Beloved community activist Ted Faigle dies

Ted Faigle, artist and LGBT and AIDS activist, died suddenly on Aug. 21 at his home in Jim Thorpe, Pennsylvania. He was 66. Faigle had retired from his position as an LGBT grants analyst at Drexel University in 2013.

A long-time fixture in the Philadelphia LGBTQ activist community, Faigle had been involved in the Gay Community Center and had worked at Giovanni’s Room Bookstore for years. He was also a co-host of the gay radio program, “Gay Dreams” on WXPN-FM.

Faigle was credited with reviving the Philadelphia LGBTQ Pride parade after years of dormancy. Ed Hermance, a friend of Faigle’s and former owner of Giovanni’s Room, tells the story of how he and Faigle were representing Giovanni’s Room with a banner at the New York City Pride parade when “Allen Ginsberg trotted over from the crowd to gush about the good things he had heard about the store.” Ginsberg walked and talked with Hermance and Faigle for a while. Hermance said a year or so later “Ted founded the organization that relaunched the Pride parade in Philadelphia, which continues to this day — 30-plus years later.”

A member of ACT-UP Philadelphia, Radical Faeries and other activist organizations, Faigle was well-known among advocates for people with AIDS as a compassionate and caring friend as well as a committed activist. He was also widely known for his sense of humor, which, said one friend, “kept us going in the worst of times.”

Writer and archivist Tommi Avicolli-Mecca told PGN that Faigle was “such a good activist. Fervid, you’d call it. He was always on the front lines.”

Avicolli-Mecca worked with Faigle on Gaydreams in the late ‘70s and early ‘80s. He said Faigle “had so much fun doing that and everything else. He had such a great sense of humor. Those were hard years with the AIDS epidemic and losing so many people. He got through that time with humor and helped others to do that, too.”

Faigle, said Avicolli-Mecca, “was one of those people who never lost his sense of fun, his sense of humor. When you were around him you knew you were going to have a good time. He was always the life of the party.”

Arleen Olshan, executive director of Mt. Airy Art Garage and former co-owner of Giovanni’s Room, was saddened by Faigle’s death. She said, “Ted was great. He was fun, he was a hard worker, he was always there to help out. I just always remember him being right there in the middle of everything, ready to do whatever we needed at the bookstore. He set up a lot of programs there. I’m so sorry he’s gone.”

Olshan added, “Ted was a really talented artist and very prolific.” She said Faigle had exhibited his work, which was landscapes of the Jim Thorpe area as well as portraits, including several self-portraits.

Roberta Hacker, who hosted the lesbian radio hour “Amazon Country” on WXPN-FM for over a decade, said Faigle was “funny, charming and a really well-informed activist who brought all of that to his work on ‘Gaydreams’ at a time when it was most needed. Those years were harsh and Ted was a soothing yet committed voice for those times.”

More than 100 of Faigle’s friends and former colleagues posted tributes to him on Facebook, including William Way director Chris Bartlett, historian Marc Stein, politician Sherrie Cohen, artist and curator David Acosta, lesbian activist Dominique Johnson and others.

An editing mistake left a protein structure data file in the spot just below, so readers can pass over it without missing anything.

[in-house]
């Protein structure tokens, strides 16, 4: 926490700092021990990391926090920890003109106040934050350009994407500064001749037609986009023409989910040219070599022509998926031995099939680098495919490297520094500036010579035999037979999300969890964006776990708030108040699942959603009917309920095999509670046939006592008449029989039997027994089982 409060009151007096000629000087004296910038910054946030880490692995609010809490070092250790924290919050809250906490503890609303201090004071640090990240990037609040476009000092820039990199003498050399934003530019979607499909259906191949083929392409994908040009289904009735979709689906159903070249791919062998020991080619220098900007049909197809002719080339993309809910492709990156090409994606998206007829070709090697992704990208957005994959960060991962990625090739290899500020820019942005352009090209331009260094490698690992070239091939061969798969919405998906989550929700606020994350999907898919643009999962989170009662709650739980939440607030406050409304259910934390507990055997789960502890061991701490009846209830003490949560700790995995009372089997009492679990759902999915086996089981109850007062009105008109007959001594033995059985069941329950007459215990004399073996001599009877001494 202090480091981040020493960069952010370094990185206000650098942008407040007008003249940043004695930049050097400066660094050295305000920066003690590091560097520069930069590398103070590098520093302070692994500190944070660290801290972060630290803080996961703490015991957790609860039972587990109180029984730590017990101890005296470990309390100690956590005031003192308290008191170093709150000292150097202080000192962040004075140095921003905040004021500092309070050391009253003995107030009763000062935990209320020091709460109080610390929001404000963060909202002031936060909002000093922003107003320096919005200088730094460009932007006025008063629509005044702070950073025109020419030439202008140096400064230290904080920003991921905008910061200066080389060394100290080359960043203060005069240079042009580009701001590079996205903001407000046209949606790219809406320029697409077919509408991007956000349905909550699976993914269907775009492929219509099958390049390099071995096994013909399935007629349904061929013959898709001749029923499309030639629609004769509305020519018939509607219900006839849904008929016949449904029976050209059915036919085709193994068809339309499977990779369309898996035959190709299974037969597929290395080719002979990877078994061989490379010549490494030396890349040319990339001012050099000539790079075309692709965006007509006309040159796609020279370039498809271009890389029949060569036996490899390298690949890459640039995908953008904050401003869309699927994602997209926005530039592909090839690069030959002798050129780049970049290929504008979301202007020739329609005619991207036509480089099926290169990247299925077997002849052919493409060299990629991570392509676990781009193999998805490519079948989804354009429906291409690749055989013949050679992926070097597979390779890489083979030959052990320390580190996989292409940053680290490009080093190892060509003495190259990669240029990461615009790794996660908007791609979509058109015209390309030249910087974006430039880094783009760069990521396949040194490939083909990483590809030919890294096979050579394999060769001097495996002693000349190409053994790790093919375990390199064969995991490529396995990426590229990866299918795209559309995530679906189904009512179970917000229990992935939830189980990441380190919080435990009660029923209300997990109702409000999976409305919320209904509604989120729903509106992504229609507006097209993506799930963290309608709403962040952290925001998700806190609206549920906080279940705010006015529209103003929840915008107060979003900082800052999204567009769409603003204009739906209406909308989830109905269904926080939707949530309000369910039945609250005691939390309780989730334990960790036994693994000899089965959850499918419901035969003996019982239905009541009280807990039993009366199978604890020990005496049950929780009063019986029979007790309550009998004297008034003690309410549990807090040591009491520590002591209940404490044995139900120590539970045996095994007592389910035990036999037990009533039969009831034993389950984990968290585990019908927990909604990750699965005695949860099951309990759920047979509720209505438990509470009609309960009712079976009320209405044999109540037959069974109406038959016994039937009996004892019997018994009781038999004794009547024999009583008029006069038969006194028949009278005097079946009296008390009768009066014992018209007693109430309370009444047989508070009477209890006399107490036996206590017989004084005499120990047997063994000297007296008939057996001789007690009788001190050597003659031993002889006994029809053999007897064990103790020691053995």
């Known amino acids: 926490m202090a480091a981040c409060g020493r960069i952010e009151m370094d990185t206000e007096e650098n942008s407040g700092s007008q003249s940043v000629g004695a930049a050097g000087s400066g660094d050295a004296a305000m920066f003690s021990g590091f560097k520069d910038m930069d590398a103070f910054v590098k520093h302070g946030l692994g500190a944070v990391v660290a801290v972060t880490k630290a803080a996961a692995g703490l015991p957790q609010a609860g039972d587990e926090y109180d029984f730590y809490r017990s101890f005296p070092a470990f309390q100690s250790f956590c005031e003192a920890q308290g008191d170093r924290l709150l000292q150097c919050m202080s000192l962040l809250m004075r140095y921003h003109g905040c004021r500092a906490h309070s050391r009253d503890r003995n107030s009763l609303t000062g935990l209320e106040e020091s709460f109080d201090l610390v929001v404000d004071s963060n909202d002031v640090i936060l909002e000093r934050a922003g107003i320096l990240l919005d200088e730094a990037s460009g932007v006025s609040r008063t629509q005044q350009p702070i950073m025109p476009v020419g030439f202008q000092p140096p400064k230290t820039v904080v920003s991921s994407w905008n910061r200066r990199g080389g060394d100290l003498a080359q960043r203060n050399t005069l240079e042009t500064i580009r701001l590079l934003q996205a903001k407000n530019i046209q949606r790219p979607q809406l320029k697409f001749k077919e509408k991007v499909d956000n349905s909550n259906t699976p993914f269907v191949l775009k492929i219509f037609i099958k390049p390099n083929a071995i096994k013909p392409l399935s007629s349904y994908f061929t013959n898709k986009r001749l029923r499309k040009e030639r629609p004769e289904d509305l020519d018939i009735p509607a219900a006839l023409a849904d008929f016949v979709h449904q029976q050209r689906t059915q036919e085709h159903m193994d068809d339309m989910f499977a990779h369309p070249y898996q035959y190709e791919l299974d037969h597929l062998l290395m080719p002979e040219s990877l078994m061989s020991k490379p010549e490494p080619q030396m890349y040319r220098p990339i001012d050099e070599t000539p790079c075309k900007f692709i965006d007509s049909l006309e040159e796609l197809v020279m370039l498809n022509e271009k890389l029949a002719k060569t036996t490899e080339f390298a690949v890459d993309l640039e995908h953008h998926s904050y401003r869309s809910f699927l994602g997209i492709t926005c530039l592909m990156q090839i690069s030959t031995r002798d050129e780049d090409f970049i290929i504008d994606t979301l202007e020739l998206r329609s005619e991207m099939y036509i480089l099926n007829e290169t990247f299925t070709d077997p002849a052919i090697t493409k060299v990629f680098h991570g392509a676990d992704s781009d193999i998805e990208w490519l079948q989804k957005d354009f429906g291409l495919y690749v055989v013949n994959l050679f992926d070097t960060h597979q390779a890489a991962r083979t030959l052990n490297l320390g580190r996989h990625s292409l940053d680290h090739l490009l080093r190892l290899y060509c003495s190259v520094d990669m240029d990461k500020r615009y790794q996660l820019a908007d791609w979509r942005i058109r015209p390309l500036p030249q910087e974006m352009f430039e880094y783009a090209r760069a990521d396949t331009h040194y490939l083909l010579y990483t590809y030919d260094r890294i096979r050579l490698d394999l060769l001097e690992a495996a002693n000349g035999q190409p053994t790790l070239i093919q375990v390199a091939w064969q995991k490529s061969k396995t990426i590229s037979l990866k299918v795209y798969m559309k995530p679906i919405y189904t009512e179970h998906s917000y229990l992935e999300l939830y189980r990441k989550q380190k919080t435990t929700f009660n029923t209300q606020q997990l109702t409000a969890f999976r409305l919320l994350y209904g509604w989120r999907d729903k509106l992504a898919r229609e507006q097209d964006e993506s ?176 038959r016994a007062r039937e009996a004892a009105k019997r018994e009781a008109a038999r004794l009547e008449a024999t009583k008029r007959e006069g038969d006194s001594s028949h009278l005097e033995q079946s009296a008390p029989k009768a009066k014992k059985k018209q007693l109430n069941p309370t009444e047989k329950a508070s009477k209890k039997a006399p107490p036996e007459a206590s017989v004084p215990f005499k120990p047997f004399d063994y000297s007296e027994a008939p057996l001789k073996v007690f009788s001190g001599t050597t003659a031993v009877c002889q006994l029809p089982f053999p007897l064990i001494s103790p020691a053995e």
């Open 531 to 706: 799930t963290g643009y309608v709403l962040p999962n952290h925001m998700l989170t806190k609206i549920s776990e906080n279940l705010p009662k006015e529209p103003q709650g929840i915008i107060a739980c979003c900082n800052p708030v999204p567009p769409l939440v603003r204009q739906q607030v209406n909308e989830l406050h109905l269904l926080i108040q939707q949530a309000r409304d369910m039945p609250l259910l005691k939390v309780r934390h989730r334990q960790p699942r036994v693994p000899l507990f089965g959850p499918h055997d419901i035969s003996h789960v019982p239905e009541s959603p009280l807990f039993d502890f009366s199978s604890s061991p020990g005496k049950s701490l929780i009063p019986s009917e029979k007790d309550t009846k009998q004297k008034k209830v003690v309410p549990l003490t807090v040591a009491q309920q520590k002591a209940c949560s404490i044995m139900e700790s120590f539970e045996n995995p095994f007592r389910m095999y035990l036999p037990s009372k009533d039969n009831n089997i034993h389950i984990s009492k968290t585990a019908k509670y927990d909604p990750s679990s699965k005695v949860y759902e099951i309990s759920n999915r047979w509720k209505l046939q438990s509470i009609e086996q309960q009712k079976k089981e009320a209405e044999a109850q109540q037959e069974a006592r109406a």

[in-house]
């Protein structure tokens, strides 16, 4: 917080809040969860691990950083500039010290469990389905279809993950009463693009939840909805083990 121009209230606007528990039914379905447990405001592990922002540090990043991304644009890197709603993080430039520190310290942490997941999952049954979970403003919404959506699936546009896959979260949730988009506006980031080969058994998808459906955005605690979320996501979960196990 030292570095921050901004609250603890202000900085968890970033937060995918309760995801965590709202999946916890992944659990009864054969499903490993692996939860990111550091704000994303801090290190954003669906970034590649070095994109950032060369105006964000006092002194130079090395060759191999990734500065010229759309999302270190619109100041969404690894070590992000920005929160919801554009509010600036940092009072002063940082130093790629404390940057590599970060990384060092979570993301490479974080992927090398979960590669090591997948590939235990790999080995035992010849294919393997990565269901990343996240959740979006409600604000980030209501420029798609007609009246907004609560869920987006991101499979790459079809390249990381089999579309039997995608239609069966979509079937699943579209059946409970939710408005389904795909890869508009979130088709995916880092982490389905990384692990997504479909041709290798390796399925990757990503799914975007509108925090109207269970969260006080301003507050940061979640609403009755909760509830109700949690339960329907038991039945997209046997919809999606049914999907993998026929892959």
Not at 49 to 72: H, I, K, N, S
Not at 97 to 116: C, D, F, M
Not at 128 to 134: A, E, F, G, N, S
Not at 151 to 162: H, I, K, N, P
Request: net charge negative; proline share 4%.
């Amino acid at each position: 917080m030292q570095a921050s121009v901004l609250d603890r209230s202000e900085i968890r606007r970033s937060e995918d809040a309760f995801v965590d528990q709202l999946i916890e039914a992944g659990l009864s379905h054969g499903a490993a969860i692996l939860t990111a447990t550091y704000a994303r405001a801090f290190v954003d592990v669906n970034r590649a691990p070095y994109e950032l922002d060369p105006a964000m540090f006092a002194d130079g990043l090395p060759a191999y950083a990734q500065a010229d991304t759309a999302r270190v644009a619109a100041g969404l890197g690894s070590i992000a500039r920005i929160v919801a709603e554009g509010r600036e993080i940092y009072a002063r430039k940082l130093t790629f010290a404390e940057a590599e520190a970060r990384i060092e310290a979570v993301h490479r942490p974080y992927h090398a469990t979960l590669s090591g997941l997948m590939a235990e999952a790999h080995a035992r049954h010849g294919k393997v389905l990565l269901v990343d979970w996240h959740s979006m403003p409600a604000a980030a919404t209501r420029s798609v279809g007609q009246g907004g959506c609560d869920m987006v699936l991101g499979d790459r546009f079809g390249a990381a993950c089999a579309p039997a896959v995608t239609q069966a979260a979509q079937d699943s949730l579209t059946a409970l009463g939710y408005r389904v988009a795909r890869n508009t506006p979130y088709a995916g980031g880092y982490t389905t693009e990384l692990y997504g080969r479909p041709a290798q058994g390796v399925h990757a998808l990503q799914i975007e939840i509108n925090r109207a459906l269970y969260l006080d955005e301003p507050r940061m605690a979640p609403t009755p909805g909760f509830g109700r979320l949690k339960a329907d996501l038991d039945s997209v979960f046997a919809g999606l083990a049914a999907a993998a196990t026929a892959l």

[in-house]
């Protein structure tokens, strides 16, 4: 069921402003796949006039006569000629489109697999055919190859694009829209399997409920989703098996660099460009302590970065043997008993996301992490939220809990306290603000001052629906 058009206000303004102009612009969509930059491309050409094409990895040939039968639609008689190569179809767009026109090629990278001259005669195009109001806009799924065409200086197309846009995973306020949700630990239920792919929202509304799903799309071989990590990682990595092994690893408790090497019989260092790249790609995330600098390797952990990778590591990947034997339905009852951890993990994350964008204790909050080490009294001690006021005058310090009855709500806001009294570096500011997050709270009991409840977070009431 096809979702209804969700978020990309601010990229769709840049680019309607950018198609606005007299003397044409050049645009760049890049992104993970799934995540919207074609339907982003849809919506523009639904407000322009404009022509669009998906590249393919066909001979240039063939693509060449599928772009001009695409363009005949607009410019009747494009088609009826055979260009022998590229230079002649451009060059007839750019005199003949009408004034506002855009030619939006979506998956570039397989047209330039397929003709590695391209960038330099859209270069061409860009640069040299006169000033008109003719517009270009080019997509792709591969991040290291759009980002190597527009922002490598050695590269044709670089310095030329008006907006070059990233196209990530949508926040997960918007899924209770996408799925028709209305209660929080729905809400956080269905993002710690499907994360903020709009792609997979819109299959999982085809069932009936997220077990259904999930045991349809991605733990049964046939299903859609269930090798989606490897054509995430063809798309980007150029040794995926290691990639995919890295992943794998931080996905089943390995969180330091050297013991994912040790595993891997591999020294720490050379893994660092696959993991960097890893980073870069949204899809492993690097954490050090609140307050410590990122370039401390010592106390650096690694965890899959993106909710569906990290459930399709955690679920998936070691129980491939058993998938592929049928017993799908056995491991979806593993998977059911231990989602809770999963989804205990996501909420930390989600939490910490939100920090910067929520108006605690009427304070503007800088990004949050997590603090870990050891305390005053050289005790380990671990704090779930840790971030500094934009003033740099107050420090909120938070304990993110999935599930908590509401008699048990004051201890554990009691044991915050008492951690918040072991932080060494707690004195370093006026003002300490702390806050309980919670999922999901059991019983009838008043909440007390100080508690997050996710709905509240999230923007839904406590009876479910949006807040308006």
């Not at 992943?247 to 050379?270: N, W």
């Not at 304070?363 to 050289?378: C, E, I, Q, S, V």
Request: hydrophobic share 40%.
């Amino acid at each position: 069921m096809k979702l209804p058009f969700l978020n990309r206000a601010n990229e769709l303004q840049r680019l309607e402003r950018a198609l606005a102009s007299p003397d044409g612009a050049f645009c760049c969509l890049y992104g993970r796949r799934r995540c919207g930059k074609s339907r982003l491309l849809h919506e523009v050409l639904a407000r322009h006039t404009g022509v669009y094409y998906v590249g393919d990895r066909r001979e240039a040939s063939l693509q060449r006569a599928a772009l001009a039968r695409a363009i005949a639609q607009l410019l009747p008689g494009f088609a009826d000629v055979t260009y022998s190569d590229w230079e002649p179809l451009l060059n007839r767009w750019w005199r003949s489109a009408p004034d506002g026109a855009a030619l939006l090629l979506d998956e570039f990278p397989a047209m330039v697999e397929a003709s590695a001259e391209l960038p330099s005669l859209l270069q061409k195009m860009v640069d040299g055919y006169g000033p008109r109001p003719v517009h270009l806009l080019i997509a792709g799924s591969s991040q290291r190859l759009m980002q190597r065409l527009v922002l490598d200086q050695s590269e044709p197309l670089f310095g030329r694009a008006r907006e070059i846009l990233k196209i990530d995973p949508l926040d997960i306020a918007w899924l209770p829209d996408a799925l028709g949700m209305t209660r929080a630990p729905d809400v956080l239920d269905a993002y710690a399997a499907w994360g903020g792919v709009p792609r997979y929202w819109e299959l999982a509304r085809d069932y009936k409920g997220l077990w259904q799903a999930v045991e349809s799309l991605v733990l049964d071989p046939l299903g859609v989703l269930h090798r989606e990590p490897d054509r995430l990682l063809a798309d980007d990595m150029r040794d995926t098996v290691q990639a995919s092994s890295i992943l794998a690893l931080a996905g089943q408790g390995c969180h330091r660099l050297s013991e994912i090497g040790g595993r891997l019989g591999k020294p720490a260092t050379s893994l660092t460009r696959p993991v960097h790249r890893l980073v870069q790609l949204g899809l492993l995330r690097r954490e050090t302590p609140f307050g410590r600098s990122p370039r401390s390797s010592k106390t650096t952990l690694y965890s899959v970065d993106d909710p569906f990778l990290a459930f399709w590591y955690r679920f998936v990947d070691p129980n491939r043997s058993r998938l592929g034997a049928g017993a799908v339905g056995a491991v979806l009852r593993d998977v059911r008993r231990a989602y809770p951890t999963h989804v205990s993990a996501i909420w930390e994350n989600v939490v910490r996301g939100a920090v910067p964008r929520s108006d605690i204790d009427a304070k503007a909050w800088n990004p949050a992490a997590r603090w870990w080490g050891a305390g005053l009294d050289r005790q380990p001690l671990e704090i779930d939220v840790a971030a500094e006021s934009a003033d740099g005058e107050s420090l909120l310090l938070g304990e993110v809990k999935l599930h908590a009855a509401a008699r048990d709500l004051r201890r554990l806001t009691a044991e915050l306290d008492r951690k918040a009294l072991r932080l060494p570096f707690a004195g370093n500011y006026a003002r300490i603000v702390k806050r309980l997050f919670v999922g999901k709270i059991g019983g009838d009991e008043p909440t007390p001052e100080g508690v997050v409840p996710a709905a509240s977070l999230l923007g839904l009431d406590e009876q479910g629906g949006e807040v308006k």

LGBTQ activist and Executive Director at Hoff-Barthelson Music School and former Executive Director of GALA Choruses Ken Cole, said Faigle was “my closest friend for many years,” He wrote about him extensively, citing Faigle’s broad and inclusive activist work. Cole noted, “I can’t believe he’s gone. Working with Ted back in 1988 and ’89, up on the third floor of Giovanni’s Room to found the Gay and Lesbian Community Council and produce a town hall, concerts and the block party to help build community, was one of the most meaningful and formative experiences of my life.”

Cole credits his work with Faigle to expanding his own career working at the National Gay and Lesbian Task Force and in the arts. Cole said of Faigle, “I’ve continued to benefit from his commitments to equality and justice, the example of his activism and that mischievous twinkle always in his eye for more than 30 years….I hope you’re up in heaven raising a little hell.”

For over a decade Faigle worked at Drexel University School of Public Health as the LGBT Program Manager and Grant Writer. He’d gotten his masters in Public Health at Drexel and had focused on LGBT health and curriculum development. Faigle’s work included outreach to the community on research and advocacy. He was also tasked with representing the Drexel program and school at national conferences like the APHA, Gay and Lesbian Medical Association and the National Coalition for LGBT Health. Faigle planned and produced educational workshops, seminars and lectures to promote awareness and education about LGBT Health issues. He also assisted in research, development, implementation and teaching of core MPH courses in LGBT Health.

On Faigle’s Pinterest page, which is mostly a galley of his work, a photo of one of his iconic tank tops epitomizes Faigle’s sense of humor. The inscription reads, “May your mercury be more Freddie and less retrograde.”

A memorial service will be planned. 

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Victoria A. Brownworth is a Pulitzer Prize-nominated award-winning journalist whose work has appeared in The New York Times, the Los Angeles Times, The Philadelphia Inquirer, Baltimore Sun, DAME, The Advocate, Bay Area Reporter and Curve among other publications. She was among the OUT 100 and is the author and editor of more than 20 books, including the Lambda Award-winning Coming Out of Cancer: Writings from the Lesbian Cancer Epidemic and Ordinary Mayhem: A Novel, and the award-winning From Where They Sit: Black Writers Write Black Youth and Too Queer: Essays from a Radical Life.